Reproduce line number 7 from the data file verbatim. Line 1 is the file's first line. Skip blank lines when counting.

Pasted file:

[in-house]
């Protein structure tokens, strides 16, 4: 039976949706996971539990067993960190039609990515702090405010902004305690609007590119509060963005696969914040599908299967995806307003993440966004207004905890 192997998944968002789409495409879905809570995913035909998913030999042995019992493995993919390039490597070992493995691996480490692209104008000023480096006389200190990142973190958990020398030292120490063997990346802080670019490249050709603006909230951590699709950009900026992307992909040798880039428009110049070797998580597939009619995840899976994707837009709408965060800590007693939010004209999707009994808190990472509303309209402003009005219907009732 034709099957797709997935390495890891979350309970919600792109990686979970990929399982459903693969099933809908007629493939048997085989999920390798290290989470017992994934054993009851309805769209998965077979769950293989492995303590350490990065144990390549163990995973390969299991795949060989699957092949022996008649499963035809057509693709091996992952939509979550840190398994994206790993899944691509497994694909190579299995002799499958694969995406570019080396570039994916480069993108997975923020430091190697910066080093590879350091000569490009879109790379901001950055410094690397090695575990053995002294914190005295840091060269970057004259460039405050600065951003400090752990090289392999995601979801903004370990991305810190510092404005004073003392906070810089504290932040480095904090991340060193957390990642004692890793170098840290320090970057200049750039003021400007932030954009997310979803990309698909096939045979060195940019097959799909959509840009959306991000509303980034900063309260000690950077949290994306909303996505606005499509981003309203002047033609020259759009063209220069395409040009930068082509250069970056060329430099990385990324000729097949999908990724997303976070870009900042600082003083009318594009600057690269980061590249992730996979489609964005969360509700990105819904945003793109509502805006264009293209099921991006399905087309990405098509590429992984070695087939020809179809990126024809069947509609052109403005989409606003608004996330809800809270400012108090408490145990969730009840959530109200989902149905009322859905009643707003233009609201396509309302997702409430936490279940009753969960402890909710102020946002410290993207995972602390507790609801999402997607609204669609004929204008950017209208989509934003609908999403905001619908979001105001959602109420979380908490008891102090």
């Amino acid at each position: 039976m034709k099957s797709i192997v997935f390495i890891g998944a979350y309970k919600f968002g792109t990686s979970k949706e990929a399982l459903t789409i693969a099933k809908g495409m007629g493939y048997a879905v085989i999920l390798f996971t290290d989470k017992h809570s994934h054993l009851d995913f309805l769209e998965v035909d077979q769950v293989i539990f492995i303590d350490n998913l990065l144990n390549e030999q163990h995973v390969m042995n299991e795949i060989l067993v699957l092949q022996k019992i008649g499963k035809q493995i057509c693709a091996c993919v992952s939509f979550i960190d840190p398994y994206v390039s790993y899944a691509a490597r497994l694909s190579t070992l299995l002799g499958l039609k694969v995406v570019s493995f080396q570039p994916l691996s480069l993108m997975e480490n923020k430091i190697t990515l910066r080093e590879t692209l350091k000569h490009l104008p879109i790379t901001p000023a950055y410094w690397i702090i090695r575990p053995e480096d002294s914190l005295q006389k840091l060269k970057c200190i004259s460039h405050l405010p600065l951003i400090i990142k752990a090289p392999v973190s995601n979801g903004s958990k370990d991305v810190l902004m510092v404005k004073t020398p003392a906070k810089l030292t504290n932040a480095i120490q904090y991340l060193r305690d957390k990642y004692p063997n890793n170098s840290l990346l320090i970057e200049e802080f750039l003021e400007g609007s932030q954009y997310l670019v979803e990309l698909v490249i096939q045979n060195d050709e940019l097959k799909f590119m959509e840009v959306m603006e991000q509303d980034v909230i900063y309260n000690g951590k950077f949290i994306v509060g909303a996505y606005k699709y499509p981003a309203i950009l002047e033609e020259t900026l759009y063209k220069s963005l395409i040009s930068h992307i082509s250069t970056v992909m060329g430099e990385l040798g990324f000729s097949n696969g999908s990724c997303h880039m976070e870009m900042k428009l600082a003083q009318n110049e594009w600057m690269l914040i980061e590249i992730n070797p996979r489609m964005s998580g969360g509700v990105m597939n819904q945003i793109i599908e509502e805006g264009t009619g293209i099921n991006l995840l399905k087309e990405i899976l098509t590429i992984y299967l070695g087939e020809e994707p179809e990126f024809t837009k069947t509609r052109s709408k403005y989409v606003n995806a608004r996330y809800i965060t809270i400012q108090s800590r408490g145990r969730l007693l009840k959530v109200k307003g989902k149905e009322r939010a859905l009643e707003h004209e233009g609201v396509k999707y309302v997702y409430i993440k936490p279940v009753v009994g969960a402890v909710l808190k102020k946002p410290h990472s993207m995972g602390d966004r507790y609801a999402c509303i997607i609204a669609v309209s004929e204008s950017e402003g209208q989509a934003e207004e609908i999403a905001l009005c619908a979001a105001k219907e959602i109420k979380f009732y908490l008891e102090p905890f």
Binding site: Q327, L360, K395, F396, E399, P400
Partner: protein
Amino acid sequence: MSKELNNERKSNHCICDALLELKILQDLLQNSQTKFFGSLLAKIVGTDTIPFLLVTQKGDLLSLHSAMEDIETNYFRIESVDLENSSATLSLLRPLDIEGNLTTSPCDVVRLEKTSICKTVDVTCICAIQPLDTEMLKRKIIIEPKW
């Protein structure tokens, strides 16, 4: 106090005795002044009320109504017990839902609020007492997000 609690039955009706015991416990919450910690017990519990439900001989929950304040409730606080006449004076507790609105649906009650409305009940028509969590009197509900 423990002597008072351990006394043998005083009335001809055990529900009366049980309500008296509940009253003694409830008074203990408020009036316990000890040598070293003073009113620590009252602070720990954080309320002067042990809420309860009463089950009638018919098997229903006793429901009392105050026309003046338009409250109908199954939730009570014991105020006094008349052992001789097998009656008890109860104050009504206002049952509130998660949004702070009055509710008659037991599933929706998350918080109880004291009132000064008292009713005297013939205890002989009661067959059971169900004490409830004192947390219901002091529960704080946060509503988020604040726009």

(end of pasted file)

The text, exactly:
């Protein structure tokens, strides 16, 4: 106090005795002044009320109504017990839902609020007492997000 609690039955009706015991416990919450910690017990519990439900001989929950304040409730606080006449004076507790609105649906009650409305009940028509969590009197509900 423990002597008072351990006394043998005083009335001809055990529900009366049980309500008296509940009253003694409830008074203990408020009036316990000890040598070293003073009113620590009252602070720990954080309320002067042990809420309860009463089950009638018919098997229903006793429901009392105050026309003046338009409250109908199954939730009570014991105020006094008349052992001789097998009656008890109860104050009504206002049952509130998660949004702070009055509710008659037991599933929706998350918080109880004291009132000064008292009713005297013939205890002989009661067959059971169900004490409830004192947390219901002091529960704080946060509503988020604040726009």